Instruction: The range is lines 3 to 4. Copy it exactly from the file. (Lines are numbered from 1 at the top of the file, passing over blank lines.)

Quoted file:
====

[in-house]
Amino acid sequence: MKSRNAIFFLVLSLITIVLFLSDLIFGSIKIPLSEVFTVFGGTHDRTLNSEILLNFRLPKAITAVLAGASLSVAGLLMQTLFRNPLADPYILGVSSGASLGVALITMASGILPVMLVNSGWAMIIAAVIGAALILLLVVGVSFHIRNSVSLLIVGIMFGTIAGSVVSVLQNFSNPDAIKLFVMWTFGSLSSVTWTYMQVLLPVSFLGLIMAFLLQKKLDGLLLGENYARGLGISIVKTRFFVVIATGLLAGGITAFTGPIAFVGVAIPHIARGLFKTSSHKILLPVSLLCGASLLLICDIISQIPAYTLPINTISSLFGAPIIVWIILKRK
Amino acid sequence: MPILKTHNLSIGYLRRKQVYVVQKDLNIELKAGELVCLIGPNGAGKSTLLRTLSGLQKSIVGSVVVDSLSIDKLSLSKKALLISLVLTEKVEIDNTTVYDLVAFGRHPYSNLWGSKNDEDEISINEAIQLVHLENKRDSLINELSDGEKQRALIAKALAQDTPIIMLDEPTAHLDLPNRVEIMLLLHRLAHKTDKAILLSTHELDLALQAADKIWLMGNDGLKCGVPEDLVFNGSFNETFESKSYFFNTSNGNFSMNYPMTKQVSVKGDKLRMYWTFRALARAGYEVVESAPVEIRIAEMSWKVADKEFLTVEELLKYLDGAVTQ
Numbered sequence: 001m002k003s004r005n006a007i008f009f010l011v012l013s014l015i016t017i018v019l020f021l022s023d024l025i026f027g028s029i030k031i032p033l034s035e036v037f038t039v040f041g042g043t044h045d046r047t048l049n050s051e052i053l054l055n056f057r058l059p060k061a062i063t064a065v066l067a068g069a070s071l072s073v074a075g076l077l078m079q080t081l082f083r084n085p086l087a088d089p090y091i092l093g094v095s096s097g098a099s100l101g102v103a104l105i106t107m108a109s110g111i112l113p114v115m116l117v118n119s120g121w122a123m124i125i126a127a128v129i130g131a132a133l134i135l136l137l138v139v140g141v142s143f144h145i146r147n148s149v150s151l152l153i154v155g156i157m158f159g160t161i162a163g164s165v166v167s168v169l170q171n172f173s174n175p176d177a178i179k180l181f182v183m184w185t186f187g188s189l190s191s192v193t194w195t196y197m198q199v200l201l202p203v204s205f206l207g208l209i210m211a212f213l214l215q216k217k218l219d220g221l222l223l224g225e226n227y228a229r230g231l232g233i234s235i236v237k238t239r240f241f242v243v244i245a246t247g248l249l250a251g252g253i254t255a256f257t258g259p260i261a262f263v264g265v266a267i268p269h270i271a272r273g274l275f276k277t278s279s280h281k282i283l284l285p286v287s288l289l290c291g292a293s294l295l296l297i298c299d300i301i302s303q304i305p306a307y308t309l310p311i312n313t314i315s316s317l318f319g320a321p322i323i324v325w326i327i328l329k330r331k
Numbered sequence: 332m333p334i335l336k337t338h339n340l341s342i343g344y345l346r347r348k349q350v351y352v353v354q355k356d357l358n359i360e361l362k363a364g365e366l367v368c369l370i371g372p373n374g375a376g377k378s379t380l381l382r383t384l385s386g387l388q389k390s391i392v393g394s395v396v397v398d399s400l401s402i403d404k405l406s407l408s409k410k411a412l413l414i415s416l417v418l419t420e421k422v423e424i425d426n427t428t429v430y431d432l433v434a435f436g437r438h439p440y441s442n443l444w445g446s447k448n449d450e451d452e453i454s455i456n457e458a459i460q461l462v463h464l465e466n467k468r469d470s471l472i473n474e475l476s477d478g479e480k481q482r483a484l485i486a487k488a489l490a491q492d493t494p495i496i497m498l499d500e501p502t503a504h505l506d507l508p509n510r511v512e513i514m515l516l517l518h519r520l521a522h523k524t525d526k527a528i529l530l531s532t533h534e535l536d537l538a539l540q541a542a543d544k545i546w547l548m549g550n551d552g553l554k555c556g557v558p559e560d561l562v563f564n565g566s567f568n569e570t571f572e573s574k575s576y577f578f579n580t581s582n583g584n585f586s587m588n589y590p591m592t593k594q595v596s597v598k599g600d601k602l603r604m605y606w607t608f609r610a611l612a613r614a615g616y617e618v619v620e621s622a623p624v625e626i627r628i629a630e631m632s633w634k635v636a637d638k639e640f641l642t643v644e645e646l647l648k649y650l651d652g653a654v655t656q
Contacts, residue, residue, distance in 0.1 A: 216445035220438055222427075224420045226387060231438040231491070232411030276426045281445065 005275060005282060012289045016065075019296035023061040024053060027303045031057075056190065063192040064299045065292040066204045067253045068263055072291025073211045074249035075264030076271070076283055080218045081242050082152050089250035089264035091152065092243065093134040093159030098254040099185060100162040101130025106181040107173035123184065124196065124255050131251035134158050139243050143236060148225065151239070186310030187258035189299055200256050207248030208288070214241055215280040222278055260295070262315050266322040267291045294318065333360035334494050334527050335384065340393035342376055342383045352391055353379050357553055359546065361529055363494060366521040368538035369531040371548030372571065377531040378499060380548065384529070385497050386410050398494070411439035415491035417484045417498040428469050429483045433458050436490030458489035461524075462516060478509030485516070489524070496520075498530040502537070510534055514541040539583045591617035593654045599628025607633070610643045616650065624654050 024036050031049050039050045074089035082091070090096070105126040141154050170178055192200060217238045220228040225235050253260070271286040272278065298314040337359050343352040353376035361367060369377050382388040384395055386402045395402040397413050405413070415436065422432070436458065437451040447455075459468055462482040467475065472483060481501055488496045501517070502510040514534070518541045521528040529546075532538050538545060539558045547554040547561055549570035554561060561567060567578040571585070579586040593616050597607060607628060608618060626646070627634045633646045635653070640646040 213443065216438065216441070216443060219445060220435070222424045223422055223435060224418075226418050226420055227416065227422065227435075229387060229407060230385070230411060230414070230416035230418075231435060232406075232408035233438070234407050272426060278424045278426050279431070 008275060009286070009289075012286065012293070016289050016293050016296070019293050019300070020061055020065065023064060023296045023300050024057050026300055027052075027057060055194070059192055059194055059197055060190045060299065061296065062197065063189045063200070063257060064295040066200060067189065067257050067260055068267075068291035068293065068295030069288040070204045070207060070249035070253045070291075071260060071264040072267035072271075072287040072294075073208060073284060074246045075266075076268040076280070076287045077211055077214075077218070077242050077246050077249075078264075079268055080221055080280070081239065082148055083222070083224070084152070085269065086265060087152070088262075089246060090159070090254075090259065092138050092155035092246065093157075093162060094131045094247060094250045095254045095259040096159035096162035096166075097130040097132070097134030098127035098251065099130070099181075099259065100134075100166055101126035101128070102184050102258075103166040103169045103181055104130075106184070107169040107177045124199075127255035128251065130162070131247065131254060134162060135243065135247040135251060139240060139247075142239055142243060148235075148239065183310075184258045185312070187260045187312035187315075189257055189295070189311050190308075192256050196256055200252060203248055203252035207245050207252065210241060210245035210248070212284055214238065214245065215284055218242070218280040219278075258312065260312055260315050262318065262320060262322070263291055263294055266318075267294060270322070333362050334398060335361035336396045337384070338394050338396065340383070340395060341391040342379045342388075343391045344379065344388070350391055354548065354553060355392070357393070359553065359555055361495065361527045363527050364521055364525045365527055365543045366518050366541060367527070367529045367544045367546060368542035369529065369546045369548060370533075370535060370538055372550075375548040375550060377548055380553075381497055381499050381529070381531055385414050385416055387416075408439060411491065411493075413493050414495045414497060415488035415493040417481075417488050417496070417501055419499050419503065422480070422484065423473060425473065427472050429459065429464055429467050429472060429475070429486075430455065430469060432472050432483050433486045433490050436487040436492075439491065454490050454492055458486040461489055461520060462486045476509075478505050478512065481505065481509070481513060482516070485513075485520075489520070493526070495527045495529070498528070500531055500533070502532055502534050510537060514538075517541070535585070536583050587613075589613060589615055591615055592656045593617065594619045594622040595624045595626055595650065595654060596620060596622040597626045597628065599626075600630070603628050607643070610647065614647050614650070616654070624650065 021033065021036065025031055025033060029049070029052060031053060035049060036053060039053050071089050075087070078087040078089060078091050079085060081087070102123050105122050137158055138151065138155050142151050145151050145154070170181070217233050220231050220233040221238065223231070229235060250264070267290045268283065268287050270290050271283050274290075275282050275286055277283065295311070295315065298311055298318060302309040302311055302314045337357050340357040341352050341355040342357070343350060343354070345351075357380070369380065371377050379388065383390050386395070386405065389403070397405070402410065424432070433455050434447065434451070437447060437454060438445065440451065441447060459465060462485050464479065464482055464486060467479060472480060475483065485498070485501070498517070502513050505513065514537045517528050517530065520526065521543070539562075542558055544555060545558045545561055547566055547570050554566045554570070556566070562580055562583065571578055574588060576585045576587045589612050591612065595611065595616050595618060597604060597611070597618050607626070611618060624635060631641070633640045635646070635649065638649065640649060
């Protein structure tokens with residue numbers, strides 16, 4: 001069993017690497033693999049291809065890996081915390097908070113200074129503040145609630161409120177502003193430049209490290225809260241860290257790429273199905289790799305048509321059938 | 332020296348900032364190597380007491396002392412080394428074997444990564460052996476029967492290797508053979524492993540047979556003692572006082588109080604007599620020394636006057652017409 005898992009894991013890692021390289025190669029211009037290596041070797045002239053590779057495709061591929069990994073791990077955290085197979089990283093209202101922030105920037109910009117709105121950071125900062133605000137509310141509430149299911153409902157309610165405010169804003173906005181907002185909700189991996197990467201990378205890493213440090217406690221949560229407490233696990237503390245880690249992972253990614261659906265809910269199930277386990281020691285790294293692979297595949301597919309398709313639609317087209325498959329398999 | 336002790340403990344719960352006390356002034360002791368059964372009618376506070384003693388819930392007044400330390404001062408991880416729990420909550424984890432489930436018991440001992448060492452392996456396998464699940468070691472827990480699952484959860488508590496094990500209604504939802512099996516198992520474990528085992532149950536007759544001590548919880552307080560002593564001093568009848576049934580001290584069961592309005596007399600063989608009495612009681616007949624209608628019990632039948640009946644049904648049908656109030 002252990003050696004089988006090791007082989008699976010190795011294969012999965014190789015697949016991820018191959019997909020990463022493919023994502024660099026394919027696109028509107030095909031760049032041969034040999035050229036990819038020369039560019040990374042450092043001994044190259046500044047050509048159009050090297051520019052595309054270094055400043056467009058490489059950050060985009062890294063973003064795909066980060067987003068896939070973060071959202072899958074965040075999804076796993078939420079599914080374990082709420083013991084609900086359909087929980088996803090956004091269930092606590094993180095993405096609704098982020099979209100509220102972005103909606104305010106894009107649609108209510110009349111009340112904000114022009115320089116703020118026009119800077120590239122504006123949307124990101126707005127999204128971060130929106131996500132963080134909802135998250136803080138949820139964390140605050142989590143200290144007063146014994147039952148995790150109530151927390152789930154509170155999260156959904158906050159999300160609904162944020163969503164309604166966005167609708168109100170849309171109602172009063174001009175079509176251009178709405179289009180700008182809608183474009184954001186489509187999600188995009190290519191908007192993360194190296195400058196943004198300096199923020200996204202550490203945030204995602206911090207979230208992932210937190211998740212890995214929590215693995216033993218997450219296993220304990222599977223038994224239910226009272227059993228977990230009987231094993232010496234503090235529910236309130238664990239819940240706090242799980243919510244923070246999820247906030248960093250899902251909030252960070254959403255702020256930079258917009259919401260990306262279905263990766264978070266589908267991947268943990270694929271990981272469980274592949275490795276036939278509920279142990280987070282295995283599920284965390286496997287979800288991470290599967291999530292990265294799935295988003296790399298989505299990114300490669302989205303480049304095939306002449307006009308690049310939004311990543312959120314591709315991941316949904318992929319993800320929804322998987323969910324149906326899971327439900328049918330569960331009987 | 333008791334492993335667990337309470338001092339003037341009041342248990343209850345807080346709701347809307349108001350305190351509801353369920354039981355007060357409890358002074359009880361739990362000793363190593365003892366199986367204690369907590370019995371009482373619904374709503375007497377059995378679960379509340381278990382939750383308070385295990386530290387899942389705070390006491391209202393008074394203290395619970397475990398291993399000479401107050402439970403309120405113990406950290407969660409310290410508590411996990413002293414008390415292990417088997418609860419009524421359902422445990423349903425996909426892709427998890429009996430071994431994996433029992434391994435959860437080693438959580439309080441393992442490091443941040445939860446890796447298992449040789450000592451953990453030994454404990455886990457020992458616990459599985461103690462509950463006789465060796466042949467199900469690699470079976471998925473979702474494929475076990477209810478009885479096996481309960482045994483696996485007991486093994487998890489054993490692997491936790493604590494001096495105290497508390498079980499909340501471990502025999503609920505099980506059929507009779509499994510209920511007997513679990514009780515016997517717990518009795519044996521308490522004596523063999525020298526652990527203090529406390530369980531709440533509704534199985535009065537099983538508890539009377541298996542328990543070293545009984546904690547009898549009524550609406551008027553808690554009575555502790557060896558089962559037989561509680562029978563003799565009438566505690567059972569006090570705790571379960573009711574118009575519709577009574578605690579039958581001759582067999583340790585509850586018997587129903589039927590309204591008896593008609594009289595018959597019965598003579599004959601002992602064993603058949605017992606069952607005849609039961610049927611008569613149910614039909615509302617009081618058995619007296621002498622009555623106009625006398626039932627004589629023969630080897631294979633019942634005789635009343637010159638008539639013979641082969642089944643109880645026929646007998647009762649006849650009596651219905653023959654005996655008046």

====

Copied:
Amino acid sequence: MPILKTHNLSIGYLRRKQVYVVQKDLNIELKAGELVCLIGPNGAGKSTLLRTLSGLQKSIVGSVVVDSLSIDKLSLSKKALLISLVLTEKVEIDNTTVYDLVAFGRHPYSNLWGSKNDEDEISINEAIQLVHLENKRDSLINELSDGEKQRALIAKALAQDTPIIMLDEPTAHLDLPNRVEIMLLLHRLAHKTDKAILLSTHELDLALQAADKIWLMGNDGLKCGVPEDLVFNGSFNETFESKSYFFNTSNGNFSMNYPMTKQVSVKGDKLRMYWTFRALARAGYEVVESAPVEIRIAEMSWKVADKEFLTVEELLKYLDGAVTQ
Numbered sequence: 001m002k003s004r005n006a007i008f009f010l011v012l013s014l015i016t017i018v019l020f021l022s023d024l025i026f027g028s029i030k031i032p033l034s035e036v037f038t039v040f041g042g043t044h045d046r047t048l049n050s051e052i053l054l055n056f057r058l059p060k061a062i063t064a065v066l067a068g069a070s071l072s073v074a075g076l077l078m079q080t081l082f083r084n085p086l087a088d089p090y091i092l093g094v095s096s097g098a099s100l101g102v103a104l105i106t107m108a109s110g111i112l113p114v115m116l117v118n119s120g121w122a123m124i125i126a127a128v129i130g131a132a133l134i135l136l137l138v139v140g141v142s143f144h145i146r147n148s149v150s151l152l153i154v155g156i157m158f159g160t161i162a163g164s165v166v167s168v169l170q171n172f173s174n175p176d177a178i179k180l181f182v183m184w185t186f187g188s189l190s191s192v193t194w195t196y197m198q199v200l201l202p203v204s205f206l207g208l209i210m211a212f213l214l215q216k217k218l219d220g221l222l223l224g225e226n227y228a229r230g231l232g233i234s235i236v237k238t239r240f241f242v243v244i245a246t247g248l249l250a251g252g253i254t255a256f257t258g259p260i261a262f263v264g265v266a267i268p269h270i271a272r273g274l275f276k277t278s279s280h281k282i283l284l285p286v287s288l289l290c291g292a293s294l295l296l297i298c299d300i301i302s303q304i305p306a307y308t309l310p311i312n313t314i315s316s317l318f319g320a321p322i323i324v325w326i327i328l329k330r331k